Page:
It’s a LOT of Work!!!
People travel with group tours for convenience. All the work is done for them and they can just enjoy the trip. As the tour manager, you are the one doing all that work. You are coordinating all travel, vendors, sights, tours, hotels, not just for yourself, but for a large group. And that is on top of all the hours interacting with the group, planning, doing paperwork, and researching each destination. The company I worked for had their trip leaders double as drivers, so I couldn’t do paperwork, relax, or sleep in the van like my passengers. I had the added work of planning a route, gas and rest stops, navigating to places I’d never been before, and keeping the van clean.
Plus, my tours were adventure camping tours, so we cooked many of our meals over a camping stove or fire at the campgrounds. This meant I also had to meal plan and grocery shop for 2-3 meals per day for up to 12 people, some with particular dietary requirements. Any time I had away from my group was spent doing the extra planning, research and shopping that was “behind-the-scenes” of my job. There are no lunch breaks as a trip leader. It was so much more work than I ever thought it would be! This is probably an extreme example of a particularly taxing travel style, but even luxury tours require a ton of work than the group never sees.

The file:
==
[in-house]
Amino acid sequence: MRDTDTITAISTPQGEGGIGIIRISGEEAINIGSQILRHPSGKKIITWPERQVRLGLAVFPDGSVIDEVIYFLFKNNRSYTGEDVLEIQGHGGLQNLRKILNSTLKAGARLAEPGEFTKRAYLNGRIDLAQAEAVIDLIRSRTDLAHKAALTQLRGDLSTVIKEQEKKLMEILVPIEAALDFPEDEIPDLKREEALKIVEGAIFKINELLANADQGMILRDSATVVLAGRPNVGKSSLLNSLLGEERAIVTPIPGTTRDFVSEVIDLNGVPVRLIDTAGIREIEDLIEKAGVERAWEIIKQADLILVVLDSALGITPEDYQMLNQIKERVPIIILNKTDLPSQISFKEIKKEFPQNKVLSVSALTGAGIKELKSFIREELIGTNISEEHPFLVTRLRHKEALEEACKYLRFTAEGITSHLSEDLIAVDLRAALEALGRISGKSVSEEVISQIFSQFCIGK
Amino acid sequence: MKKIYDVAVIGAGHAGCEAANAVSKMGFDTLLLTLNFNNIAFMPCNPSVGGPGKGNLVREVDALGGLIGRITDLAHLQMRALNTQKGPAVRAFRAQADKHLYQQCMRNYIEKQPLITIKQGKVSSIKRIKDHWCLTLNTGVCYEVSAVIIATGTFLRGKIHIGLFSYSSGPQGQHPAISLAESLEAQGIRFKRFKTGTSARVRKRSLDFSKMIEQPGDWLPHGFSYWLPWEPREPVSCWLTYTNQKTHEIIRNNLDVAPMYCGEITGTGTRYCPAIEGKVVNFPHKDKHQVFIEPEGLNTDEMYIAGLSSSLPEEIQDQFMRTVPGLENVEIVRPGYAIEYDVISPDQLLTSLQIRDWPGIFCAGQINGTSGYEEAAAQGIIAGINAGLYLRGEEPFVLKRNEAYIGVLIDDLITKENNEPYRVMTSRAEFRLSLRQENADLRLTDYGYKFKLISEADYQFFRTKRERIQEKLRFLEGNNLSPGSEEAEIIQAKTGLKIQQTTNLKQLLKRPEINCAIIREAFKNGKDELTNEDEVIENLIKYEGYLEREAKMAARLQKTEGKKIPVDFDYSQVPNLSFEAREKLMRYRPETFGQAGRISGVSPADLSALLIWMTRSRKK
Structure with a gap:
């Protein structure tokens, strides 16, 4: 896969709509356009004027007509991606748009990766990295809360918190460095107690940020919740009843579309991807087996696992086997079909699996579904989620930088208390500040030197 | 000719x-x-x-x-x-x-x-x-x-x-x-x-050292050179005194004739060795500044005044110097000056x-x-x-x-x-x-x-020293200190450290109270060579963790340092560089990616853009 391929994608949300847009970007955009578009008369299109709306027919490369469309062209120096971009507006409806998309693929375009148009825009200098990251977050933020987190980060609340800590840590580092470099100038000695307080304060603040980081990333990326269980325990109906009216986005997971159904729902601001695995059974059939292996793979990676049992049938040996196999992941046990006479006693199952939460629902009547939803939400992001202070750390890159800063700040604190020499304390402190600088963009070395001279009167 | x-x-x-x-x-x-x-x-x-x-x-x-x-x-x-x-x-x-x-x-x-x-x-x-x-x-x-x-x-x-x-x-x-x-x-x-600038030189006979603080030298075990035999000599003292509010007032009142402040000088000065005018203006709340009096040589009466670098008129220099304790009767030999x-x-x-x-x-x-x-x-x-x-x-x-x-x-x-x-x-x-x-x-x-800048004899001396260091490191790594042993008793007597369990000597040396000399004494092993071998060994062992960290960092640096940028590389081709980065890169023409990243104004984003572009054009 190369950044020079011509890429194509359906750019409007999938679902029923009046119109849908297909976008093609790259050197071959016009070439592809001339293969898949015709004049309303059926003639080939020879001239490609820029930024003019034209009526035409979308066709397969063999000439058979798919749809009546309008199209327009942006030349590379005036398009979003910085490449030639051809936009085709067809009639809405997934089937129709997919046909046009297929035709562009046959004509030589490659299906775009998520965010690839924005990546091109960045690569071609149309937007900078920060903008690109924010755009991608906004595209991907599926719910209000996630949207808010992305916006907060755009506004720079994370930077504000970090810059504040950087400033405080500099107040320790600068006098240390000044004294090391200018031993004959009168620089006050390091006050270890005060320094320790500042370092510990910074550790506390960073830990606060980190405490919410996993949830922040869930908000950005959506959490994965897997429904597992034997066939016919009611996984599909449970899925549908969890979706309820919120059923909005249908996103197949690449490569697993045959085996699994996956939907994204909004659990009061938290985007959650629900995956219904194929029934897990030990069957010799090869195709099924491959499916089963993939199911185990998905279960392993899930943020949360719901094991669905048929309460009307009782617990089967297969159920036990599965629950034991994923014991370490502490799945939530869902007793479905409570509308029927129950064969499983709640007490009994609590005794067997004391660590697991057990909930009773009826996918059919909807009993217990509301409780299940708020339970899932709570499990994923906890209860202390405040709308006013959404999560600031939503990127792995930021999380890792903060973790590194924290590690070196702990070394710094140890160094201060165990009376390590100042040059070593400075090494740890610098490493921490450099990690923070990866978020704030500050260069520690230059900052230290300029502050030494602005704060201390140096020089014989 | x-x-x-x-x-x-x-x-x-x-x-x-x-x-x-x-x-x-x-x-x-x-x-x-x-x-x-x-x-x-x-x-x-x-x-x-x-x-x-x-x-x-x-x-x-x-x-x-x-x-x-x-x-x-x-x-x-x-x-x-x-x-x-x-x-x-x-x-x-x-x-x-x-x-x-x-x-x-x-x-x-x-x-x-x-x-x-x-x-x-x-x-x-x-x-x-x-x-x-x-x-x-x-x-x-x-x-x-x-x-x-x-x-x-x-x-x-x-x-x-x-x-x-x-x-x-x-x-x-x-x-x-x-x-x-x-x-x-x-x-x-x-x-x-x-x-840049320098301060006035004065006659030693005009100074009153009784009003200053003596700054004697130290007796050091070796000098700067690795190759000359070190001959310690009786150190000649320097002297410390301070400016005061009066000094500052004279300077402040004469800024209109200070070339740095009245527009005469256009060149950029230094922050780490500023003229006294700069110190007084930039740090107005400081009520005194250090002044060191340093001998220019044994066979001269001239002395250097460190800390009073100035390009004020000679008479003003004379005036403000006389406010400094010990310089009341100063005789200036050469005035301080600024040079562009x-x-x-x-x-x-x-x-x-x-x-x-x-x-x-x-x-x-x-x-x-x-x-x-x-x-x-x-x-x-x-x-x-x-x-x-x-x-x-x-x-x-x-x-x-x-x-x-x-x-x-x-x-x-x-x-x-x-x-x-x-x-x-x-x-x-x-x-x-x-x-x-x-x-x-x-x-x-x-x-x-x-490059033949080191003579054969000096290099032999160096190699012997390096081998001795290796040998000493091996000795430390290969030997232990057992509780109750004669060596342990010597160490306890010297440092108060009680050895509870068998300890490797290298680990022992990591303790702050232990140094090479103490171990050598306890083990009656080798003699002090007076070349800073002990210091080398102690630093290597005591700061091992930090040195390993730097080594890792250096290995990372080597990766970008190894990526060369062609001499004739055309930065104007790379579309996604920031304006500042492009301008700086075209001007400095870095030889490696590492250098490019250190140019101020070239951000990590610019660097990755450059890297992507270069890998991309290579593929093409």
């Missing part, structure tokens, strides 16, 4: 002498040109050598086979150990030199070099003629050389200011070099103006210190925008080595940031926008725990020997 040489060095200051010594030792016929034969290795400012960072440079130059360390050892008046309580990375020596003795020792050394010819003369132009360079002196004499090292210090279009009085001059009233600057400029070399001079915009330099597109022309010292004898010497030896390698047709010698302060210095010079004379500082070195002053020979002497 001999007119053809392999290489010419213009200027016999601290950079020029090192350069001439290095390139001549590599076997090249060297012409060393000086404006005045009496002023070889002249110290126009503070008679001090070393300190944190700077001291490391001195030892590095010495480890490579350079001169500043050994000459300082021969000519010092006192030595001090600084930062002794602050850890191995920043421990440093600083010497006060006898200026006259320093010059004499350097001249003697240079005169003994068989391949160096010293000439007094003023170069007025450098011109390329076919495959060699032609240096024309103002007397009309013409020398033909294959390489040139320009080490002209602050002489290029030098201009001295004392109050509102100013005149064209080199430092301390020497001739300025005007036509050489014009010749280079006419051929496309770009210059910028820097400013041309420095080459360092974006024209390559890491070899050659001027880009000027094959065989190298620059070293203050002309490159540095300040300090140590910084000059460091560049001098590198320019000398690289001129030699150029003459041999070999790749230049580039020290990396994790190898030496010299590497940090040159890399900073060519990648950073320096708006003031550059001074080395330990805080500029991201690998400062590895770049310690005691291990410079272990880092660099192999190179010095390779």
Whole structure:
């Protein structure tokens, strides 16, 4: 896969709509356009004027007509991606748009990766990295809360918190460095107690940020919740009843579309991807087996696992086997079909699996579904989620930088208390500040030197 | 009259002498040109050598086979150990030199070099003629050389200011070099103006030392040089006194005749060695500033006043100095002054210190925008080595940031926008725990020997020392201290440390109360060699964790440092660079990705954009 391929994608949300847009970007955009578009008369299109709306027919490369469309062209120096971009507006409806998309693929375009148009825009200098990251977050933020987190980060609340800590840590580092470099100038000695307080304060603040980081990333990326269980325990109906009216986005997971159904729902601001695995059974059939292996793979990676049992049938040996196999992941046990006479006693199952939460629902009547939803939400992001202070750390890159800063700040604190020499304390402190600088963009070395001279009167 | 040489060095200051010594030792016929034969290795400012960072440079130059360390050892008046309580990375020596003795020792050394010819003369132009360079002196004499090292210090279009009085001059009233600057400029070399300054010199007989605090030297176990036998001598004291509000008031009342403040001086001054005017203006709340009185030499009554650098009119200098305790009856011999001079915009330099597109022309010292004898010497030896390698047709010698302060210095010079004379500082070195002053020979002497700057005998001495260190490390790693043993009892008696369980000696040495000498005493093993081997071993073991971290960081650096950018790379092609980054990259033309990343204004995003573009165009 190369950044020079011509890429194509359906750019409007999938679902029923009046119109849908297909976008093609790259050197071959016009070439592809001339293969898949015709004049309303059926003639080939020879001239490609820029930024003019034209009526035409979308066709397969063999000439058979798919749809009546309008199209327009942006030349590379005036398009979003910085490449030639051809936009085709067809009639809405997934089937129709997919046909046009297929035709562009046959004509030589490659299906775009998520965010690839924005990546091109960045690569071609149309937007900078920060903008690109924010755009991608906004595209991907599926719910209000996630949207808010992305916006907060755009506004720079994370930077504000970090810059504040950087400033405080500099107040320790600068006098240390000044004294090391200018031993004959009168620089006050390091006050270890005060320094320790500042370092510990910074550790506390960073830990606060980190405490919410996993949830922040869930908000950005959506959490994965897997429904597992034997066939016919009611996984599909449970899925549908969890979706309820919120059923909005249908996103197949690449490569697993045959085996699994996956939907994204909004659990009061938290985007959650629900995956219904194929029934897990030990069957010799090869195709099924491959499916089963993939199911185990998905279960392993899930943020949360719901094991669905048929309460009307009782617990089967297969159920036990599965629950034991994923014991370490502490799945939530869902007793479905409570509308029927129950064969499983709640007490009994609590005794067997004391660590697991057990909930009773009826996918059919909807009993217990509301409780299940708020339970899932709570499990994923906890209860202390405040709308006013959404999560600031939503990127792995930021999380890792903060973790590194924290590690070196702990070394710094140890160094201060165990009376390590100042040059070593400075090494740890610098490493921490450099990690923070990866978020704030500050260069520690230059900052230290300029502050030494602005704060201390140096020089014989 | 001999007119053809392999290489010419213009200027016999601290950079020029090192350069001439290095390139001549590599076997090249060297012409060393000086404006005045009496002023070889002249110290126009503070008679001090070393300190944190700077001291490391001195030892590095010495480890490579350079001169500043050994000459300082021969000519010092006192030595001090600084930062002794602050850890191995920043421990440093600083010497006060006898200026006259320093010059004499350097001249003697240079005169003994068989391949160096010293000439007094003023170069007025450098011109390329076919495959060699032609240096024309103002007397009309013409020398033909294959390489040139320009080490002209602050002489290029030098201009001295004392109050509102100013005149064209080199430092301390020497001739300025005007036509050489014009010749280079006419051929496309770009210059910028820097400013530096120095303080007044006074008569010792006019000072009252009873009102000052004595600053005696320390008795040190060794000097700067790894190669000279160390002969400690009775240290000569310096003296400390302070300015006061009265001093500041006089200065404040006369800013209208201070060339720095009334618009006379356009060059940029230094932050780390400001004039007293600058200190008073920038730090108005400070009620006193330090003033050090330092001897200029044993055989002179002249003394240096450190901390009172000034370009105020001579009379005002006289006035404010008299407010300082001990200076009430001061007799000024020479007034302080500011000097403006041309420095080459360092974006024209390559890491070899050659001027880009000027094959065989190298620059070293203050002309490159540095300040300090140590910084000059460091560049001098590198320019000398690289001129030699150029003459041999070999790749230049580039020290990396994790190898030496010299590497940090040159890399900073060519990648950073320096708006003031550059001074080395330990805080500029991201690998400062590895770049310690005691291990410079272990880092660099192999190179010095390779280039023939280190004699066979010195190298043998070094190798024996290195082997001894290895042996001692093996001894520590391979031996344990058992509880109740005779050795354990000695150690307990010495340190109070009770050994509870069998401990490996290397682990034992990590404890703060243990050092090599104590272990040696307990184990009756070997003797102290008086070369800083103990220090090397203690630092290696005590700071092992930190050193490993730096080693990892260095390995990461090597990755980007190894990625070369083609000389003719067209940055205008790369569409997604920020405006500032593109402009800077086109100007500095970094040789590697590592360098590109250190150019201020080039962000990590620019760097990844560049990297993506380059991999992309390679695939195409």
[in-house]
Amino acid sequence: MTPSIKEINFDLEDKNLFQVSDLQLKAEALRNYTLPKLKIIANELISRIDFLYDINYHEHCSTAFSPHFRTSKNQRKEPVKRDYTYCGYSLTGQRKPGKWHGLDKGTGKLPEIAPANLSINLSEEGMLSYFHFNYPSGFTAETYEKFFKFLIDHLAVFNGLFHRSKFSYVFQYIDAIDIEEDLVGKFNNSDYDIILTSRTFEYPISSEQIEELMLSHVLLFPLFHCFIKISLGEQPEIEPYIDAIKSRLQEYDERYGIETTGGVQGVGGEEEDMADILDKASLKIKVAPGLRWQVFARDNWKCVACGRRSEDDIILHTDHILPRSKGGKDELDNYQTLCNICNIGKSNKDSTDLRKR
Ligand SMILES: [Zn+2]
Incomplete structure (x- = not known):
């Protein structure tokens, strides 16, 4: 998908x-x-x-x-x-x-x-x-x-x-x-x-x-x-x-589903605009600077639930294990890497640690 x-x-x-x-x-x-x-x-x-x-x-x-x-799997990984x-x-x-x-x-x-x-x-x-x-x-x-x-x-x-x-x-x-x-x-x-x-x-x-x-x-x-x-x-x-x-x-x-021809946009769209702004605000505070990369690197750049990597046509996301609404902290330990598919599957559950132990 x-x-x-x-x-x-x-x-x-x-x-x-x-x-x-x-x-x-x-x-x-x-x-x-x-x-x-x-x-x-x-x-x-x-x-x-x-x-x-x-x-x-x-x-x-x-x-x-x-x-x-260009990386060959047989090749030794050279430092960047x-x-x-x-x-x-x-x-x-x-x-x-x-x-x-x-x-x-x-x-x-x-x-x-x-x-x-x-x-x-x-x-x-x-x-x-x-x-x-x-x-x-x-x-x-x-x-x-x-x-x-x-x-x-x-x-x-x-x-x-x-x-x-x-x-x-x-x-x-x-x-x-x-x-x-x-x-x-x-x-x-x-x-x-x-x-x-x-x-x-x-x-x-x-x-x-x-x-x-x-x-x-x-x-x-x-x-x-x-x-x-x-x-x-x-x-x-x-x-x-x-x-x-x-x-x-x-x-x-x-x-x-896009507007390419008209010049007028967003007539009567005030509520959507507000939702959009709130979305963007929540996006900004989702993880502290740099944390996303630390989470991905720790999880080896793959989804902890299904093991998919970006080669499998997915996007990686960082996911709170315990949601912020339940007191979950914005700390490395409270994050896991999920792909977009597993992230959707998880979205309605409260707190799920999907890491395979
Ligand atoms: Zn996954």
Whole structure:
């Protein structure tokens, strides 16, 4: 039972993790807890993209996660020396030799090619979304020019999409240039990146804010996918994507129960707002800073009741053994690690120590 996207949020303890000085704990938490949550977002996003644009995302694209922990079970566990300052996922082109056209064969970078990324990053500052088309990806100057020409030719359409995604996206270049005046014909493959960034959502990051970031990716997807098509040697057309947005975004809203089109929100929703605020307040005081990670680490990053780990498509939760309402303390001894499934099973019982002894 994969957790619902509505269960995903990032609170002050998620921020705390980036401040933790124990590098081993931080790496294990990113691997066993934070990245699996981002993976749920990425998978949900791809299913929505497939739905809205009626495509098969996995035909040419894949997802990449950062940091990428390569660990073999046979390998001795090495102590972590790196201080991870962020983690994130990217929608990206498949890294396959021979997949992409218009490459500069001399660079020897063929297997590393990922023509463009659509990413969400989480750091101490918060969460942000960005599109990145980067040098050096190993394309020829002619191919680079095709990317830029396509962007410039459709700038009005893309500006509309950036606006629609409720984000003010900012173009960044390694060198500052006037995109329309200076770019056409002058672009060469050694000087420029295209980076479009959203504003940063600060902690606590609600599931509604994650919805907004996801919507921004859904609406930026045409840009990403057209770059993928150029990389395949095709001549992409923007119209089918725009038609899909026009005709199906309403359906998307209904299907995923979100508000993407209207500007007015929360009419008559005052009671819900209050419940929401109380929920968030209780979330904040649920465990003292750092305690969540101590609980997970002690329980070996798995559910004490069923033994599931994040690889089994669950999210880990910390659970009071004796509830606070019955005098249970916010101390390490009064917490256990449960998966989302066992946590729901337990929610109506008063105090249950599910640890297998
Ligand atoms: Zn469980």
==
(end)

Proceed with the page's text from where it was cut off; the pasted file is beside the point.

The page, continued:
You’re Not a Tourist – No Time for Sightseeing